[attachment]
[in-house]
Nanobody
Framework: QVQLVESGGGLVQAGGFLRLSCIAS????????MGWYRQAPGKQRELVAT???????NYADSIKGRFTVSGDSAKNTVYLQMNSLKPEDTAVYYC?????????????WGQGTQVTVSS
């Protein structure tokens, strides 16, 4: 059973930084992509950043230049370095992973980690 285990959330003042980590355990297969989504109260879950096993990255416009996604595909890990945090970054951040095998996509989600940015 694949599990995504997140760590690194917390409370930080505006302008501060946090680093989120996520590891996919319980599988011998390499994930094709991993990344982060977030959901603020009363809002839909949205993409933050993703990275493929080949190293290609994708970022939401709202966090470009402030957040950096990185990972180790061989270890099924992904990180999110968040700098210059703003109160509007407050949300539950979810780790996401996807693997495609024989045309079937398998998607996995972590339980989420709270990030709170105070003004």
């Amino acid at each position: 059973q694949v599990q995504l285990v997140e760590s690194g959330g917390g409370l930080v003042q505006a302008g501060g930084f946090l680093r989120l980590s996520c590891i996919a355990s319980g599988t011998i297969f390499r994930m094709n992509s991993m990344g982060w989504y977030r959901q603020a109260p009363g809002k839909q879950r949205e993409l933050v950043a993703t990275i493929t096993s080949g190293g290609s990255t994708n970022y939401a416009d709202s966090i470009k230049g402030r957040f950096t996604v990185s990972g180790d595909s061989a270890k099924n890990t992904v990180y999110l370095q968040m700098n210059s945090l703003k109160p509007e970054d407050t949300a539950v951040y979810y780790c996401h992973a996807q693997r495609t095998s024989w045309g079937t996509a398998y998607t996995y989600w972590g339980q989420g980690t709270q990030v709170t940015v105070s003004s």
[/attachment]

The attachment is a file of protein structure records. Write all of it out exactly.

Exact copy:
[in-house]
Nanobody
Framework: QVQLVESGGGLVQAGGFLRLSCIAS????????MGWYRQAPGKQRELVAT???????NYADSIKGRFTVSGDSAKNTVYLQMNSLKPEDTAVYYC?????????????WGQGTQVTVSS
């Protein structure tokens, strides 16, 4: 059973930084992509950043230049370095992973980690 285990959330003042980590355990297969989504109260879950096993990255416009996604595909890990945090970054951040095998996509989600940015 694949599990995504997140760590690194917390409370930080505006302008501060946090680093989120996520590891996919319980599988011998390499994930094709991993990344982060977030959901603020009363809002839909949205993409933050993703990275493929080949190293290609994708970022939401709202966090470009402030957040950096990185990972180790061989270890099924992904990180999110968040700098210059703003109160509007407050949300539950979810780790996401996807693997495609024989045309079937398998998607996995972590339980989420709270990030709170105070003004």
């Amino acid at each position: 059973q694949v599990q995504l285990v997140e760590s690194g959330g917390g409370l930080v003042q505006a302008g501060g930084f946090l680093r989120l980590s996520c590891i996919a355990s319980g599988t011998i297969f390499r994930m094709n992509s991993m990344g982060w989504y977030r959901q603020a109260p009363g809002k839909q879950r949205e993409l933050v950043a993703t990275i493929t096993s080949g190293g290609s990255t994708n970022y939401a416009d709202s966090i470009k230049g402030r957040f950096t996604v990185s990972g180790d595909s061989a270890k099924n890990t992904v990180y999110l370095q968040m700098n210059s945090l703003k109160p509007e970054d407050t949300a539950v951040y979810y780790c996401h992973a996807q693997r495609t095998s024989w045309g079937t996509a398998y998607t996995y989600w972590g339980q989420g980690t709270q990030v709170t940015v105070s003004s």